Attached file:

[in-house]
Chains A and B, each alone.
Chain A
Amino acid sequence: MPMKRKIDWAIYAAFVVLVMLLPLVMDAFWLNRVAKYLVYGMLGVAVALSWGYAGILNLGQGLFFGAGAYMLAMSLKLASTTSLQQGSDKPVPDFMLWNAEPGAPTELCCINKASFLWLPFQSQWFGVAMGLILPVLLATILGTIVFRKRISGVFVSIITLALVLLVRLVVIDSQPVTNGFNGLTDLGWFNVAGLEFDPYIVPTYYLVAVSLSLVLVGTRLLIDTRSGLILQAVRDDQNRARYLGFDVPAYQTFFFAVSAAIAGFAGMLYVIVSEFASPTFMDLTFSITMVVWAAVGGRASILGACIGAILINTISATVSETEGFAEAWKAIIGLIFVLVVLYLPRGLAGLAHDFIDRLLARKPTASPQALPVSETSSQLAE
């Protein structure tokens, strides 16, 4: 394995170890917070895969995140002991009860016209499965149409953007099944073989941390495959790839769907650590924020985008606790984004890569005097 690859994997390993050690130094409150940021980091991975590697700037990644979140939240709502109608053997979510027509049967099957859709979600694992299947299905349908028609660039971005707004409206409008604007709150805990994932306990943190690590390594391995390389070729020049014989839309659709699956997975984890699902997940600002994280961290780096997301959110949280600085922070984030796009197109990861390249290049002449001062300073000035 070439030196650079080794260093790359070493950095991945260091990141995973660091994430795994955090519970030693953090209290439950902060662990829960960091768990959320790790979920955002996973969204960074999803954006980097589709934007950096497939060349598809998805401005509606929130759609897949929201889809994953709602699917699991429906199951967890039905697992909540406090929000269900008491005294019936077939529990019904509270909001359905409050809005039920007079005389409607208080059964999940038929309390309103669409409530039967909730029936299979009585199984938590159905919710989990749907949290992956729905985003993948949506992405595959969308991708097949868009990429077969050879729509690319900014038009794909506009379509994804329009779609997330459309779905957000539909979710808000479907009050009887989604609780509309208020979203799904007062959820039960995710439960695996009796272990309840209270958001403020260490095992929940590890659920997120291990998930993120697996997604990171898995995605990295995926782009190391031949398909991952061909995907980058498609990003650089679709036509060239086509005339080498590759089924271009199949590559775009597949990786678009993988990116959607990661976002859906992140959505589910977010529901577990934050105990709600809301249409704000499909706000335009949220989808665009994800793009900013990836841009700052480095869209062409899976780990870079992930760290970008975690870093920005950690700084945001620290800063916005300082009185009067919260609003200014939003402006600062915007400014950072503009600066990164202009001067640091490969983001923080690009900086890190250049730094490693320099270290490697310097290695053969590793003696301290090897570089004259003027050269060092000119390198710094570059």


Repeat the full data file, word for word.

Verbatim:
[in-house]
Chains A and B, each alone.
Chain A
Amino acid sequence: MPMKRKIDWAIYAAFVVLVMLLPLVMDAFWLNRVAKYLVYGMLGVAVALSWGYAGILNLGQGLFFGAGAYMLAMSLKLASTTSLQQGSDKPVPDFMLWNAEPGAPTELCCINKASFLWLPFQSQWFGVAMGLILPVLLATILGTIVFRKRISGVFVSIITLALVLLVRLVVIDSQPVTNGFNGLTDLGWFNVAGLEFDPYIVPTYYLVAVSLSLVLVGTRLLIDTRSGLILQAVRDDQNRARYLGFDVPAYQTFFFAVSAAIAGFAGMLYVIVSEFASPTFMDLTFSITMVVWAAVGGRASILGACIGAILINTISATVSETEGFAEAWKAIIGLIFVLVVLYLPRGLAGLAHDFIDRLLARKPTASPQALPVSETSSQLAE
């Protein structure tokens, strides 16, 4: 394995170890917070895969995140002991009860016209499965149409953007099944073989941390495959790839769907650590924020985008606790984004890569005097 690859994997390993050690130094409150940021980091991975590697700037990644979140939240709502109608053997979510027509049967099957859709979600694992299947299905349908028609660039971005707004409206409008604007709150805990994932306990943190690590390594391995390389070729020049014989839309659709699956997975984890699902997940600002994280961290780096997301959110949280600085922070984030796009197109990861390249290049002449001062300073000035 070439030196650079080794260093790359070493950095991945260091990141995973660091994430795994955090519970030693953090209290439950902060662990829960960091768990959320790790979920955002996973969204960074999803954006980097589709934007950096497939060349598809998805401005509606929130759609897949929201889809994953709602699917699991429906199951967890039905697992909540406090929000269900008491005294019936077939529990019904509270909001359905409050809005039920007079005389409607208080059964999940038929309390309103669409409530039967909730029936299979009585199984938590159905919710989990749907949290992956729905985003993948949506992405595959969308991708097949868009990429077969050879729509690319900014038009794909506009379509994804329009779609997330459309779905957000539909979710808000479907009050009887989604609780509309208020979203799904007062959820039960995710439960695996009796272990309840209270958001403020260490095992929940590890659920997120291990998930993120697996997604990171898995995605990295995926782009190391031949398909991952061909995907980058498609990003650089679709036509060239086509005339080498590759089924271009199949590559775009597949990786678009993988990116959607990661976002859906992140959505589910977010529901577990934050105990709600809301249409704000499909706000335009949220989808665009994800793009900013990836841009700052480095869209062409899976780990870079992930760290970008975690870093920005950690700084945001620290800063916005300082009185009067919260609003200014939003402006600062915007400014950072503009600066990164202009001067640091490969983001923080690009900086890190250049730094490693320099270290490697310097290695053969590793003696301290090897570089004259003027050269060092000119390198710094570059």